The question asks itself really.
Do you have a religion or religious background, beliefs or no beliefs? Have your beliefs been influenced by a paleolithic lifestyle and way of thinking and vice-versa?
I'm not looking for judgement of anyones beliefs or lack of them, just curious about peoples backgrounds, thoughts and experiences on this. :)
Taubes describes in great detail the "how" of the current War On Fat, but he stays away from the "why". Why did the promoters of the low-fat paradigm pick one controversial hypothesis over another?
Any belief system, spiritual or not, can be described by an ordered list of principles that organize thought and behavior. Science believes in rationality, falsifiability, and reproducibility. Paleo dieting prioritizes eating and lifestyle habits congruent with our evolutionary heritage.
I believe there is a set of scripts deeply embedded in Western culture that conspire to make people fat.
America's Christian/Protestant/Puritan legacy includes useful prosocial ideas like forgiveness, loving thy neighbor, and the acceptance of destinies vaster than one's own (the story of Job and the Serenity Prayer represent two aspects of this thought.)
But that tradition has also handed down less useful ideas. As linguists like Lakoff have observed, we shape our metaphors, and thereafter they shape us. Consider the assumptions built into
These ideas are never far from the thoughts of any Westerner concerned about food and health. They emerge from the same sort of folk traditions as "searing the meat helps lock in the juices" -- which many people still believe today. But did you know that that kitchen tip goes back to Aristotle? McGee (On Food and Cooking) has debunked it already. What else is suspect in the attics of our minds?
I draw a straight line between Ancel Keys and the ideas above. I think they were acting on deep-rooted culturally conditioned biases, the same sort of cognitive biases that neuroeconomists like Dan Ariely (Predictably Irrational) have recently been exploring. Remember, McCarthyism was going on at the exact same time. It may seem ludicrous to connect the Red Scare to the Red Meat Scare, but whether they were demonizing communists or cholesterol, the fuzzy thinking was the same: a witchhunt was going on.
Once one accepts that the way to a better body (salvation) is through self-denial (if it tastes good it must be bad, so no fat, no sugar, no meat) and active penitence (worship regularly at the gym to avoid suspicion of Sloth) then the rest of it falls into place. It's unfashionable to condemn people as sinners for adultery or greed, but sloth is always open. The other day someone said to me, "if you wanted to lose weight you know you could just exercise" in self-righteous tones. I felt like responding, vanity is also a sin, and being thinner than me doesn't make you holier.
In this sense, the Paleo movement can be read as yet another front in the battle between Darwin and the Church. Not all the Church -- other people who have answered this question have amply demonstrated positive and mindful ways to live with belief -- but isn't it interesting to see what public policy advisories in a secular society have in common with sharia, mitzvot, and commandments in a religious theocracy?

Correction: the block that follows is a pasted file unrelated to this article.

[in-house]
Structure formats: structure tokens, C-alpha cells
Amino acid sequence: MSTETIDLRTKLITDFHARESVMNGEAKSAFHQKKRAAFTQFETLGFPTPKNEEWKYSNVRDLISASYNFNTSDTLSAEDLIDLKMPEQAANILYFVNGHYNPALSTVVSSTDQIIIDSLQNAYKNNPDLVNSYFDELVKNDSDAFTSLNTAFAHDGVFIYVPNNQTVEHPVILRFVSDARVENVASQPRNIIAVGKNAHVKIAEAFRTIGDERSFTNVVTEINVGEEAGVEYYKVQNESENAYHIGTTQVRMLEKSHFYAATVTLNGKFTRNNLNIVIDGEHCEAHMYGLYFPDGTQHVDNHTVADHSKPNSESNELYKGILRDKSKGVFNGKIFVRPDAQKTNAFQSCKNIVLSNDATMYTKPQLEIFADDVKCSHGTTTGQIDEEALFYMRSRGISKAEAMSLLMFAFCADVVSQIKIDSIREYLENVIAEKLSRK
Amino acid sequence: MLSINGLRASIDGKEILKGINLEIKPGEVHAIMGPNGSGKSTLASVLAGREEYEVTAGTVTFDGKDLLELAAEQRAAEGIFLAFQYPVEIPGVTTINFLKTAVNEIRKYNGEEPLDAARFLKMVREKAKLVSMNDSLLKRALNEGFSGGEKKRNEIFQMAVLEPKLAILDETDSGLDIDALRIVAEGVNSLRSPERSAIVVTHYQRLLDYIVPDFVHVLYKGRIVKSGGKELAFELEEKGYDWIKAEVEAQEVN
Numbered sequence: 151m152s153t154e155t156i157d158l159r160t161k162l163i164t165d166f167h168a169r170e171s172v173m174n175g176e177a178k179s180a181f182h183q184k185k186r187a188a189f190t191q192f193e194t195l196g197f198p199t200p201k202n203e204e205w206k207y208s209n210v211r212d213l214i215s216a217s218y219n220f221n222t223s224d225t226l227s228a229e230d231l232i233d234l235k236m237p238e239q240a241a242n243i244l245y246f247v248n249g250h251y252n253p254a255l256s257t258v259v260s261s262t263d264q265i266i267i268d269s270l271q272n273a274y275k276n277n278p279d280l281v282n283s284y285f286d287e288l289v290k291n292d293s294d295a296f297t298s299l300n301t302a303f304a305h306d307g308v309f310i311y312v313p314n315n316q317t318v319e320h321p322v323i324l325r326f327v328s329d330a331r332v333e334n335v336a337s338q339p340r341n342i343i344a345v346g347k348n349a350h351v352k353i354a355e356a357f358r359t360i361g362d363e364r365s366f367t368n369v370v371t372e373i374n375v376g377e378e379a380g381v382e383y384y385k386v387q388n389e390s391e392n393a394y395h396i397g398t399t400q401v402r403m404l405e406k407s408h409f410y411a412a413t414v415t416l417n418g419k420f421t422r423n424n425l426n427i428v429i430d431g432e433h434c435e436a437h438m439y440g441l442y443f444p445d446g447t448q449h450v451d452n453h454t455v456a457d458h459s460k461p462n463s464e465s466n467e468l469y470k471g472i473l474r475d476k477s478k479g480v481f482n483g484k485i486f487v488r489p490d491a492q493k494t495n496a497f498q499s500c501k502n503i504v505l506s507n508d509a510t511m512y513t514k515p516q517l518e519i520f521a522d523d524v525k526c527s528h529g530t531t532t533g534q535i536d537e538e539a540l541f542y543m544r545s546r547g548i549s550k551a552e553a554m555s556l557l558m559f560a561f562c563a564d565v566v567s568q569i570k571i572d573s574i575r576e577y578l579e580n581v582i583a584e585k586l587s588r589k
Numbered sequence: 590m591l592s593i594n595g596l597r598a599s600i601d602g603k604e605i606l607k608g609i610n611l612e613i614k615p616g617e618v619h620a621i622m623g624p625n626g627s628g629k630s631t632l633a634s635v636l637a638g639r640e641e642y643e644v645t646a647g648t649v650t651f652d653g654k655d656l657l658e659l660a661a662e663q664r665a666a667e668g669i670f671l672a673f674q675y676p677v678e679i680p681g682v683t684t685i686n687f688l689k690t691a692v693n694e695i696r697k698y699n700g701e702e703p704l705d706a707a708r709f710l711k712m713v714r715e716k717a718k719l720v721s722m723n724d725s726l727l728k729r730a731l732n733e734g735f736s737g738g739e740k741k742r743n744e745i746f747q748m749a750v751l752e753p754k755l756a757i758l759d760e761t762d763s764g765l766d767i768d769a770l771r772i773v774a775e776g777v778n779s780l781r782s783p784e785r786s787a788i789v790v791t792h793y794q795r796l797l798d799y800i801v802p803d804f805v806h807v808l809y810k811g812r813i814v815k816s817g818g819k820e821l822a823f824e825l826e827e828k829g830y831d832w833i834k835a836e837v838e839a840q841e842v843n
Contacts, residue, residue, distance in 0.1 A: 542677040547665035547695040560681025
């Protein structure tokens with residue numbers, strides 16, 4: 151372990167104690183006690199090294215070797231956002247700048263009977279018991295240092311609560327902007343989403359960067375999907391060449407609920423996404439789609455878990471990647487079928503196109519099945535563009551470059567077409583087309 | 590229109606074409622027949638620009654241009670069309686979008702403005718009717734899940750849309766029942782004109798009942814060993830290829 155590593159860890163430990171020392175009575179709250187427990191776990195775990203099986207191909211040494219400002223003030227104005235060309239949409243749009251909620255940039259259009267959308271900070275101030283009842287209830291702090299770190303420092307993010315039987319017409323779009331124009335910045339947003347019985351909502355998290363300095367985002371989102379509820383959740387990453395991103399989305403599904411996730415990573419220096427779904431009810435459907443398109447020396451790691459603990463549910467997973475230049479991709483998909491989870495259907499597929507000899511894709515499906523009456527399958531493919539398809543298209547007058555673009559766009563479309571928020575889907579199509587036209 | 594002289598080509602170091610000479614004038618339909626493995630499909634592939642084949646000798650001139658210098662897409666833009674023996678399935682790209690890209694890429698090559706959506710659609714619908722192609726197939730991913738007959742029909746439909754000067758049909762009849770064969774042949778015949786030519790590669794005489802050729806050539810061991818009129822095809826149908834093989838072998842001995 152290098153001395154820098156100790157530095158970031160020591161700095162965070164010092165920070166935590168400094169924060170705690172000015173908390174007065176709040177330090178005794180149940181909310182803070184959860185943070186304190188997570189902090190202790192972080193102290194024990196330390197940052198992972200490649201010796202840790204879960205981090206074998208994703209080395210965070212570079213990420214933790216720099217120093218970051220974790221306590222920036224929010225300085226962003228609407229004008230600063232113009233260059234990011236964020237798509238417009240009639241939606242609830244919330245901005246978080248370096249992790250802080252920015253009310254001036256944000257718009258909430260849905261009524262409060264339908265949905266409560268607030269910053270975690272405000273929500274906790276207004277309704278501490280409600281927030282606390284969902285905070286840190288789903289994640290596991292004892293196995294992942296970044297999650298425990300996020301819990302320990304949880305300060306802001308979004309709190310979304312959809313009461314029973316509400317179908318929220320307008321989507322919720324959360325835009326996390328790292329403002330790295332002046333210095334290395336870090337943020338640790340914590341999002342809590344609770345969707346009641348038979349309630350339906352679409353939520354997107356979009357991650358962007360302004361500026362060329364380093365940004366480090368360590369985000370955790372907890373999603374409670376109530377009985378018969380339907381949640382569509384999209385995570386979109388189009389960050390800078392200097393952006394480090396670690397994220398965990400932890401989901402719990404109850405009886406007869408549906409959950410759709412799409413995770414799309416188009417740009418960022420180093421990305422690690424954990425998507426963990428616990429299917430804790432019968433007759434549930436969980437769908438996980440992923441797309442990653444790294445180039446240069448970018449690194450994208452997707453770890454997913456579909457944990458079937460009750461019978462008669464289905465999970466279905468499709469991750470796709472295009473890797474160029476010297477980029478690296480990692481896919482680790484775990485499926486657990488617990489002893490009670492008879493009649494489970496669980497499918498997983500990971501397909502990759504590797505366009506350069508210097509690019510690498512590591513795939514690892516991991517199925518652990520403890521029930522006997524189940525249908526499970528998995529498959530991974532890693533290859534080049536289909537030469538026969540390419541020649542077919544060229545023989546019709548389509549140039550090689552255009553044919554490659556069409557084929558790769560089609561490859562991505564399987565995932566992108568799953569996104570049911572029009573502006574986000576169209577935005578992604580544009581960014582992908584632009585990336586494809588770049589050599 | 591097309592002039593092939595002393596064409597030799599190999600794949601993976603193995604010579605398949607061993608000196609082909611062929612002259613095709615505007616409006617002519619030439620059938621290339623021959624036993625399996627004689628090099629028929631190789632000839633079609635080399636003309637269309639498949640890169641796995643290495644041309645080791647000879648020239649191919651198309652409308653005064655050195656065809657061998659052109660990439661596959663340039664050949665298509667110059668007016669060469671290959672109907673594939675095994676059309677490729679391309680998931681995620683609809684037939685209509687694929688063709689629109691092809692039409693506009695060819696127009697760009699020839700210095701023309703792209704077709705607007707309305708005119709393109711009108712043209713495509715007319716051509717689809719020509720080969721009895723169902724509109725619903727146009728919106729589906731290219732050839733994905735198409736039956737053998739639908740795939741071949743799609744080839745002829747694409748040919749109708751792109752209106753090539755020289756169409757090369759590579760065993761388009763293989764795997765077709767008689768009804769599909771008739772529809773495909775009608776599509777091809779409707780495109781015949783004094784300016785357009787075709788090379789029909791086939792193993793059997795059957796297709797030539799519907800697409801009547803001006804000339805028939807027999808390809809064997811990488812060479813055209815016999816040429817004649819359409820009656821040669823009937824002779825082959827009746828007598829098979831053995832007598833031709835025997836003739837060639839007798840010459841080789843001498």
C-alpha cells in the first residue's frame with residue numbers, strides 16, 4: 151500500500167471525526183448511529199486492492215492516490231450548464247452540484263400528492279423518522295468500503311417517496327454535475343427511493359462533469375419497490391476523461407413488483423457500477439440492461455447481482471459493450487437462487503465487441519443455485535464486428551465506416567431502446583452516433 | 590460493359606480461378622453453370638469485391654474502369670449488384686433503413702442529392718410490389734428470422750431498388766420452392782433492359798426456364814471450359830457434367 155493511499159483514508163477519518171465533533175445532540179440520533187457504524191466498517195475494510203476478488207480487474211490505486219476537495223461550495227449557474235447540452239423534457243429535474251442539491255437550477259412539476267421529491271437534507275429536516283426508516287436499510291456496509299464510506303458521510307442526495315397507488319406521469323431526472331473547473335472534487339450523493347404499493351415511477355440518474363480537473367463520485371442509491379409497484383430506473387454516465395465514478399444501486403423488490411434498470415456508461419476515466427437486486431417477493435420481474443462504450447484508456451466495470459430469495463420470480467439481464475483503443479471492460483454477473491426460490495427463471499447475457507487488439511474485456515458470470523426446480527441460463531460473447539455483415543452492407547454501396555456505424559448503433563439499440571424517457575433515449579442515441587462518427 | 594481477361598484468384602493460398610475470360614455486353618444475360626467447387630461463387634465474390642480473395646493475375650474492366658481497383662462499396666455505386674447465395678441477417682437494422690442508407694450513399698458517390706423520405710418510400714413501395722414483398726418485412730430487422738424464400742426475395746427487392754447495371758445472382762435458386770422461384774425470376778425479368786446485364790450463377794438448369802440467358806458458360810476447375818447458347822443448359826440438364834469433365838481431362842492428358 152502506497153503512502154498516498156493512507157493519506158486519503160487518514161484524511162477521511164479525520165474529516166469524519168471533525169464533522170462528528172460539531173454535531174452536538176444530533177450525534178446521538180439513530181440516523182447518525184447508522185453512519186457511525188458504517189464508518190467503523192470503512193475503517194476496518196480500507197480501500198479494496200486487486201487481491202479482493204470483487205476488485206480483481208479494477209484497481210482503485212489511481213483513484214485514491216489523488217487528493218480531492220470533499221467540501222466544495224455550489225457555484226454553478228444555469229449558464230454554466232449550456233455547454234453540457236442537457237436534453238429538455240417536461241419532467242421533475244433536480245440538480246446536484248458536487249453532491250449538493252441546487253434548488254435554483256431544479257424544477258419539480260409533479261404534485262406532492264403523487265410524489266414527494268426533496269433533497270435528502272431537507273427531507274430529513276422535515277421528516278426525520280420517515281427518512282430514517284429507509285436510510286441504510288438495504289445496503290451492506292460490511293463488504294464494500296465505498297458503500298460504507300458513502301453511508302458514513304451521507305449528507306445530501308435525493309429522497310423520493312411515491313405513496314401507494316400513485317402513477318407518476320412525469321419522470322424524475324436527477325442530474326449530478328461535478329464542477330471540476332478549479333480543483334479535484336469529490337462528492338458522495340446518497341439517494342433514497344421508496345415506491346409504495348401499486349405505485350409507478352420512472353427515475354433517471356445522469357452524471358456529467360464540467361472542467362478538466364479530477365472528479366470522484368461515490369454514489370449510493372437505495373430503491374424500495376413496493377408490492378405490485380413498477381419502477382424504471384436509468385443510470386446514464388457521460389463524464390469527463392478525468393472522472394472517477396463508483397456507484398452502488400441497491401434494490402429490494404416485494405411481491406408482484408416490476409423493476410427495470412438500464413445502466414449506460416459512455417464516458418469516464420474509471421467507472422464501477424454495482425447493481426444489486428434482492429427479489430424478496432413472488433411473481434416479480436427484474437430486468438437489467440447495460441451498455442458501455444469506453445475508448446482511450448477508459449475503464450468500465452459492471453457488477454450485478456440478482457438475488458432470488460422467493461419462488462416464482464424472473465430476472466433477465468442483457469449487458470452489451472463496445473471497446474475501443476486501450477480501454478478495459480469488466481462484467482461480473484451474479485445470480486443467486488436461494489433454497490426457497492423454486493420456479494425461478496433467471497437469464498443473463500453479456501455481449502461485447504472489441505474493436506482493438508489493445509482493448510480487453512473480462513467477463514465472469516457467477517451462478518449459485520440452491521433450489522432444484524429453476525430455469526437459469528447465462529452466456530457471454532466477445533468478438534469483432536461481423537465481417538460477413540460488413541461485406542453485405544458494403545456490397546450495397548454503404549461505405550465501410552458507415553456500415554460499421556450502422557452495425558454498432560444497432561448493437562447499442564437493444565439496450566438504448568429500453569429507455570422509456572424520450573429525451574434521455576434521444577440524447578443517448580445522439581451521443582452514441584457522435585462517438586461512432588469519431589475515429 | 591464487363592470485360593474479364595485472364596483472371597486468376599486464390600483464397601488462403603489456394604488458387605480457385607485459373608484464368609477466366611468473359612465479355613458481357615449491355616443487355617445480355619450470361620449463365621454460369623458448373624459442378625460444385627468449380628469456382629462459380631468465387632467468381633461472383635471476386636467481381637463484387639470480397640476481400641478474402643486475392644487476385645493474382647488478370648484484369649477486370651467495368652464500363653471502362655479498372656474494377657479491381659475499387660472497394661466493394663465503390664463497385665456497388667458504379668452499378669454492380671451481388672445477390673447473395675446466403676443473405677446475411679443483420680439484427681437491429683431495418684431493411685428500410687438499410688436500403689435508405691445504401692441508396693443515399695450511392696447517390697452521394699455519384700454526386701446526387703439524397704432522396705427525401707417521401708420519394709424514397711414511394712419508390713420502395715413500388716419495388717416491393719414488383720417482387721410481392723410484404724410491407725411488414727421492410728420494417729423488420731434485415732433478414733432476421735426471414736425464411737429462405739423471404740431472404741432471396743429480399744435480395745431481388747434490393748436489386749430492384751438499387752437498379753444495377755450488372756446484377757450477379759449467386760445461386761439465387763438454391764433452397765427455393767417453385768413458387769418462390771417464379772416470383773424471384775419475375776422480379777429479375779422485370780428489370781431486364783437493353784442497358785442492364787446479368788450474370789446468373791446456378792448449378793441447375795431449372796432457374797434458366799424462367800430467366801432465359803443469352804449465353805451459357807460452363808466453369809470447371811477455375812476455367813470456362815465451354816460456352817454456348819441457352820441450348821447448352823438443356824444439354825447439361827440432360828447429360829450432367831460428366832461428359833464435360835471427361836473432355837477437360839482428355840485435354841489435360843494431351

I might be what you could call an orthodox Christian, but I think of myself more as a person with a close relationship with Jesus (God). Some people might wonder how someone who believes the bible is God's word could also be "paleo"-- but I see no contention.
The bible is true, but it is not a scientific document. It tells about something humans can never full understand-- God-- in the best way possible, which is often through metaphors and allegories (think of Jesus's parables). For example, its ridiculous to think that the world was actually created in 6 of our 24 hour days, because God exists outside of time. That's just a way to explain in common language something we can't fully understand.
God created a complex, organic world that all of human knowledge just scratches the surface of. He did this to keep us busy and in wonder, I think, because it would get kinda boring if we someday found out all there is to know. That being said, did we evolve from apes? I don't know. That's one of the mysteries that we will one day know for sure, or find out we've been completely wrong on. And it doesn't really matter, from a religious perspective.
I eat and exercise paleo because it is the best thing (that I know of) for my body. I don't think grains are evil or that everybody should forgo them, just that it works for me. And in general, I think that the closer we return to treating our bodies the way God created them to function, the better (eating unprocessed foods, running without bulky padded shoes, giving birth without an epidural, etc.). He knew what he was doing.
I am Christian, and I look at it simply: Our body is a temple for God. Why not take care of it in the best way possible??
One way to think of Paleo in Christian terms is to consider the story of Adam and Eve. As the first humans they certainly were not farmers. Instead they enjoyed an abundance of fruits, vegetables and wild game from the Garden on Eden. God gave them 'every beast of the earth, every fowl of the air, and every thing that creepeth upon the earth, wherein there is life'. The downfall came when they ate something they shouldn't have and thus we were condemned to an eternity of back breaking misery forced to till the soil and eek out a life of sub optimal nutrition ever since.
I grew up Southern Baptist. I wasn't allowed to see Home Alone because it was PG or listen to "secular" music. I spent hours and hour every week in church and in bible study. I was taught Creationism.